Monday, 27 March 2006

Dead or alive

If God did not exist, I would die. That is twofold: firstly if God did not exist, then I would not exist - I would not have been brought into being or sustained in every molecule, sub-atomic particle and breath. And secondly if I were convinced that God did not exist and it turned out that I still existed in some way then I would be a nihilist and die. Without God there is no reason to live: for love of others - but whence love of others? For love of life - but what life? For love of self - but what self? For from him and through him and to him are all things.

Nietzsche reasoned that if (since) man did not act as if God exists, then God was (effectively) dead. But if man acts as if God does not exist, then it is not because God is dead, but that man is dead. It has been so since Genesis 3. Man acted as if God did not exist as God, and died. (Further, Nietzsche's nice idea that this 'death of God' creates unimagined possibilities for those strong enough to meet them is strikingly similar to the devil's idea: 'You will not surely die... You will be like God...'!)

So then, since I am convinced that were God not to exist, I would cease to exist or die, and that if I were convinced otherwise I would be dead, in what ways do I act as if God did not exist? When do I act as if he doesn't exist, good, sovereign and righteous? Because whenever I do, I'm a dead man walking.

And you were dead in the trespasses and sins in which you once walked, following the course of this world, following the prince of the power of the air, the spirit that is now at work in the sons of disobedience - among whom we all once lived in the passions of our flesh, carrying out the desires of the body and the mind, and were by nature children of wrath, like the rest of mankind. But God, being rich in mercy, because of the great love with which he loved us, even when we were dead in our trespasses, made us alive together with Christ ... For we are his workmanship, created in Christ Jesus for good works, which God prepared beforehand, that we should walk in them. [Eph 2:1-5,10]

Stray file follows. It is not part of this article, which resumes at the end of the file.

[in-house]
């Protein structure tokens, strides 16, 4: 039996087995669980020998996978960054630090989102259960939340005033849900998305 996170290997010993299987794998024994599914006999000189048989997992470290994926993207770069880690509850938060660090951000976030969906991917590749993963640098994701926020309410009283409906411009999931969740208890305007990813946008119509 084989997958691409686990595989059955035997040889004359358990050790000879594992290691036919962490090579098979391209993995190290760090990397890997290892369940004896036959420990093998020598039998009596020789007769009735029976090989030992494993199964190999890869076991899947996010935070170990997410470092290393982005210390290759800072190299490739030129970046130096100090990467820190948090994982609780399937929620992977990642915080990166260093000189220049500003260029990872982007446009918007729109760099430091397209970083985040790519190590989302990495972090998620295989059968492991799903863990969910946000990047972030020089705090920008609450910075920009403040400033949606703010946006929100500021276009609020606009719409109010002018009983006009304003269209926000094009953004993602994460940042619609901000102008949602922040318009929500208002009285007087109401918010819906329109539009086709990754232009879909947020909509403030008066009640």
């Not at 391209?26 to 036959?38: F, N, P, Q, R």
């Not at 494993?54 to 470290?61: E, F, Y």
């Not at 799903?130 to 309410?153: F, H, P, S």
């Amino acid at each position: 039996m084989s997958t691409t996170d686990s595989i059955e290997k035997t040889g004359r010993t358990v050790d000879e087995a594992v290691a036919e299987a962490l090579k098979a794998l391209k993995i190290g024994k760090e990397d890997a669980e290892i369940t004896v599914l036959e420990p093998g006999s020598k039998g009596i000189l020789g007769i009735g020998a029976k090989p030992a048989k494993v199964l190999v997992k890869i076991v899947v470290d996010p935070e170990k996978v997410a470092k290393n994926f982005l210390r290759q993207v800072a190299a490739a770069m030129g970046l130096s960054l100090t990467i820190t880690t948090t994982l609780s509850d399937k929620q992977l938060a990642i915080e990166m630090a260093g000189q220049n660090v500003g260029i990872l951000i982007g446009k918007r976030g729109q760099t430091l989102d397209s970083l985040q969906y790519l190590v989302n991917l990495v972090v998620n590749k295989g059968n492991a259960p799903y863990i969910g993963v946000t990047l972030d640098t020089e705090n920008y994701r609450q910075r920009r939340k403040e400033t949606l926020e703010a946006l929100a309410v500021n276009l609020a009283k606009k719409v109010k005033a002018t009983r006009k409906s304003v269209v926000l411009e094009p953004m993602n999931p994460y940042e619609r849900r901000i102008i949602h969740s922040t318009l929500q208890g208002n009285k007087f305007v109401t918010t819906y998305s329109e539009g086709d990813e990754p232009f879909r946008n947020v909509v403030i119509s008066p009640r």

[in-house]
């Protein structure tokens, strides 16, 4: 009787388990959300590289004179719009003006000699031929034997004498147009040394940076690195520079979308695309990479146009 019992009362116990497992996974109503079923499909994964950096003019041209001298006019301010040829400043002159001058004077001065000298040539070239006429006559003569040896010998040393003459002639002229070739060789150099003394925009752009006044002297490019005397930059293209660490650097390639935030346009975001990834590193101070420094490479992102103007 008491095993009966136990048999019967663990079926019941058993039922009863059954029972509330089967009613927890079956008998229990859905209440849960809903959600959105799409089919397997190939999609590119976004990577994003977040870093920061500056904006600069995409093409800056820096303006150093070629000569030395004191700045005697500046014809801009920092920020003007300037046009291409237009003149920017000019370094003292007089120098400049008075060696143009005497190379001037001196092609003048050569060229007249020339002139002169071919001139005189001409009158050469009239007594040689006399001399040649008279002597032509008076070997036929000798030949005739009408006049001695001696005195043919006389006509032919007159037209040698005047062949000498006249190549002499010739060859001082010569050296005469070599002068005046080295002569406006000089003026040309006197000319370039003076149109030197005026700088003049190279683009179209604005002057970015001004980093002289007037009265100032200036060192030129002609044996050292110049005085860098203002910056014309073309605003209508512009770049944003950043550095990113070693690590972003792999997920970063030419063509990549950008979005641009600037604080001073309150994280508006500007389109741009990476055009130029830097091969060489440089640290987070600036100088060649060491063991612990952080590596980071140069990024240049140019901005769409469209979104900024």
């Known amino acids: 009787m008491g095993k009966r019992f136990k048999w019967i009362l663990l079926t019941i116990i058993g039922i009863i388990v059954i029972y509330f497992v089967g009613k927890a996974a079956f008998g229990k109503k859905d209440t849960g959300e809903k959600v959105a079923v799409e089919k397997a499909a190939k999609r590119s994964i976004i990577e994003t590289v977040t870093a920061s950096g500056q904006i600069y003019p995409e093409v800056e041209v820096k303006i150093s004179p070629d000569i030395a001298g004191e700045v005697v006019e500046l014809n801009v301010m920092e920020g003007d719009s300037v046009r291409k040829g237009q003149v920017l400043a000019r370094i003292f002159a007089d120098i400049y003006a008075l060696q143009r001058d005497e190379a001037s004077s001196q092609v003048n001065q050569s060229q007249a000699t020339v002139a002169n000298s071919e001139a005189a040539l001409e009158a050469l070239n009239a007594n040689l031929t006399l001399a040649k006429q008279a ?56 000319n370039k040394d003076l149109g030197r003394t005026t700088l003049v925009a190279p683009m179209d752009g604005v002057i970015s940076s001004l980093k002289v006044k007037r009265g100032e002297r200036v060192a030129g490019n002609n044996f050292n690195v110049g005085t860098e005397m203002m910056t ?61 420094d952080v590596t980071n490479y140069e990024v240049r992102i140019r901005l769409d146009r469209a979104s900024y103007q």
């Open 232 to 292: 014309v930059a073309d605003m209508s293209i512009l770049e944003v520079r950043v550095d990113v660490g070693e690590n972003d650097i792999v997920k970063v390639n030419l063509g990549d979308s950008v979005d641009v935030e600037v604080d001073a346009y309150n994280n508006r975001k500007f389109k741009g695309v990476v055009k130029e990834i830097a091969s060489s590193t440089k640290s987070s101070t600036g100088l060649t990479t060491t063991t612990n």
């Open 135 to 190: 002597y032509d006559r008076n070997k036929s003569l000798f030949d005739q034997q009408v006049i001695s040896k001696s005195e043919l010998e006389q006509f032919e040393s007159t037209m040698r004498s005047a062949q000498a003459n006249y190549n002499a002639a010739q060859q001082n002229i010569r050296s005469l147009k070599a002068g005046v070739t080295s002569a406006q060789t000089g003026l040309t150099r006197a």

Update: Ref21 ponders "Could it be that Nietzsche is actually one of the most influential evangelical thinkers of all time?" in a blog post.


David Shedden said...

Interesting thoughts, Rosemary. Have you read much Nietzsch (or however you spell it)!? Do you think he was really an atheist? I liked your thought about walking dead when we don't obey God's will.

étrangère said...

Hi David, thanks for commenting. Unfortunately I must admit I have committed that cardinal sin of having commented on Neitzsche without having read any of his writing, only having read of his writing in philosophical and theological textbooks etc. I'd go back and study philosophy if I could, but at this stage it would come as a waste of time and money.

Therefore I'm unqualified to comment on Nietzsche's personal beliefs (there are always those claiming that well-known characters were really Christian (or at least deist) after all).

Generally, all we have to judge a person by is his writings, and if we assume that writing communicates faithfully, we could say that if one's writing doesn't portray a framework of belief in a personal, trinitarian God revealed in Christ Jesus our Lord, it would be difficult to say that the person wasn't an atheist. To believe in other gods, or have other ideas about god, is to believe in no god at all. It would seem from the secondary sources I've read that Nietzsche's writing doesn't communicate that belief in the one true God, (and if) so he was an atheist!

Since you asked the question though, it sounds to me like you know a lot more on this than I do - what d'you reckon from what you've read? And for that matter, do you know where any of his writing (translated) is available online?

David Shedden said...

Sorry Rosemary, perhaps i misled you if you thought I knew something about him. I know a little more about NT Wright though. (I noticed your latest blog post. What NT Wright stuff have you read?)

Perhaps we can assume too much about people? I think there are very few pure atheists. But I agree that writing in terms that deny God's nature as revealed in Christ is a serious sign of unbelief, especially all those clever 19thC folks.

It's difficult being a blogger or a preacher because you have to either pretend you know stuff, or be good at writing or speaking in vague abstract terms. I try not assume too much when I write or speak, i know there are plenty of Christians and non-Christians who know far more than me. From your interests and reading, you seem to be one of them!